Church leaders pleased with results of Hope for You Festival

Published 12:00 am Monday, June 30, 2003

Church leaders are pleased with the results of Scott Dawson's Hope for You Festival, which was last Thursday, Friday, Saturday and Sunday nights.

Not only did it help to bring the community together, but it also strengthened the relationships among the area churches that helped put the festival together.

"All of it was just incredible," said David Zorn, pastor at Goshen Baptist Church. "It was so obvious that the Lord was in everything."

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Zorn attended the festival all four nights and was pleased with the turnout.

"We weren't expecting a big crowd, but we had a broad spectrum of churches in the area."

Ed Walters, pastor at First Baptist Church, was also pleased with the festival.

"It did more to bring people together in Troy than what we've done in a long time," he said.

Walters said the festival also helped bring together the local churches. Although all churches are working to build the kingdom of God, Walters said planning the festival gave the churches even more common ground.

"It brought churches together to work on a cause in which we could mingle together and work side by side," he said.

Steve Rascoe, pastor at Park Memorial United Methodist Church, said Scott Dawson taught people universal truth.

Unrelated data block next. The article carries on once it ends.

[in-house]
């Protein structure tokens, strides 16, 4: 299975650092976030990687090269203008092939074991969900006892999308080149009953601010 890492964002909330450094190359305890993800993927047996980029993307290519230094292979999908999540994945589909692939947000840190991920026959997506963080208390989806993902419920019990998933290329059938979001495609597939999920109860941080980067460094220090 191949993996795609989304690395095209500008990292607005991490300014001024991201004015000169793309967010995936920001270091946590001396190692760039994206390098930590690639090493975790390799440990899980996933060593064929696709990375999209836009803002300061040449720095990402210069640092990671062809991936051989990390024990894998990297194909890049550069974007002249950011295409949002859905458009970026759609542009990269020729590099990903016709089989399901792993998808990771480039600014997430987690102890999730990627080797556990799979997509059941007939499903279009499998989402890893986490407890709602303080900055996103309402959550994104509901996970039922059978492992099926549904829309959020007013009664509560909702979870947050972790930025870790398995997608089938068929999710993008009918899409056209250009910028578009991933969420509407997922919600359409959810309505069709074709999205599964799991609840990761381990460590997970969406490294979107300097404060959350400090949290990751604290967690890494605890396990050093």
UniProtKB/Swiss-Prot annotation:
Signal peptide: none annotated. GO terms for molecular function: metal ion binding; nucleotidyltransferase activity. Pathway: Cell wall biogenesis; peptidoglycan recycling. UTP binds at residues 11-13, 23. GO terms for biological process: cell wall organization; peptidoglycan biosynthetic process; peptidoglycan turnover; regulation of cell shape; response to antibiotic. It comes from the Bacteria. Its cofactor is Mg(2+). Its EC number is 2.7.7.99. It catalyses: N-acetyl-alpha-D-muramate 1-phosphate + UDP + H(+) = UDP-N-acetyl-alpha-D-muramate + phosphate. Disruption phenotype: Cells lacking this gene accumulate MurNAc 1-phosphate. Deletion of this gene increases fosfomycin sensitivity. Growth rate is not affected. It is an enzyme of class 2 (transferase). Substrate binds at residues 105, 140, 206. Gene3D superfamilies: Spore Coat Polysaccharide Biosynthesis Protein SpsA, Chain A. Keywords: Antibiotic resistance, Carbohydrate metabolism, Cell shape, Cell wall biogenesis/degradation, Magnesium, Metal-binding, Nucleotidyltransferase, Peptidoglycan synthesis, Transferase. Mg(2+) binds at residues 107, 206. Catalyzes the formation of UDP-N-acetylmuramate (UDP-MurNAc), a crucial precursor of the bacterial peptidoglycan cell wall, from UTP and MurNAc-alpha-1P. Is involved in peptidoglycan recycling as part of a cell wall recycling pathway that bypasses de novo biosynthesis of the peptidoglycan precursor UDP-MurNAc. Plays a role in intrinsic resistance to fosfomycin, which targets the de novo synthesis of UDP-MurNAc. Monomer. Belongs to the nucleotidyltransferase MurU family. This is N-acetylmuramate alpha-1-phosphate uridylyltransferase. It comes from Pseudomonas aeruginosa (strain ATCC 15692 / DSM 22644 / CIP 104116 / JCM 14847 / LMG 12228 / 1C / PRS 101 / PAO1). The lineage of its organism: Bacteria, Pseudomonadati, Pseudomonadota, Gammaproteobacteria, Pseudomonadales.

"He was giving people a truth you can count on every single day," he said. "It doesn't matter what your race or economic status is."

He said Dawson was a powerful speaker and was able to draw people to God.

"Scott has the gift of proclaiming the truth," he said. "He has a story to tell that breaks borders; it's truth we can all hold to."

Along with the festival, Scott Dawson's Pathfinder Missions also made an impact on Troy.

"Every house in the City of Troy had someone visit and share the gospel," said Randy Bruner, the youth minister at Park Memorial.

Park Memorial had a large group of youth participate in Pathfinders, which ran in sync with the festival. Each day, youth went door to door sharing the gospel of Christ with some, praying with others and inviting everyone to the festival.

Bruner said it was awkward for his students to be in their hometown, talking to people they knew, but he said each one of them grew during the week. They went from being nervous and not wanting to do it on Wednesday to being excited about knocking on doors by Saturday.

"Every student surprised themselves," Bruner said.

He said now the key is to follow up with those people who made a decision for Christ.

"We need to follow up and make sure that those people who accepted Christ understand what it is to be a Christian," Bruner said.

Local church leaders are already talking about having another combined-effort event for Pike County.

Walters said he and Rascoe have already discussed finding a way to bring Charles Billingsley, one of the festival's musical guests, back to Troy for a community concert.

Bruner hopes another festival or crusade will find its way back to the city limits.

"If something happens again, it will be a lot bigger," Bruner said. "I think this time churches didn't realize what this was, but next time the churches will understand what effect this can have,"

Zorn said bringing something like the Hope for You Festival back would be good for Troy.

"We ought to do it every chance we get," he said.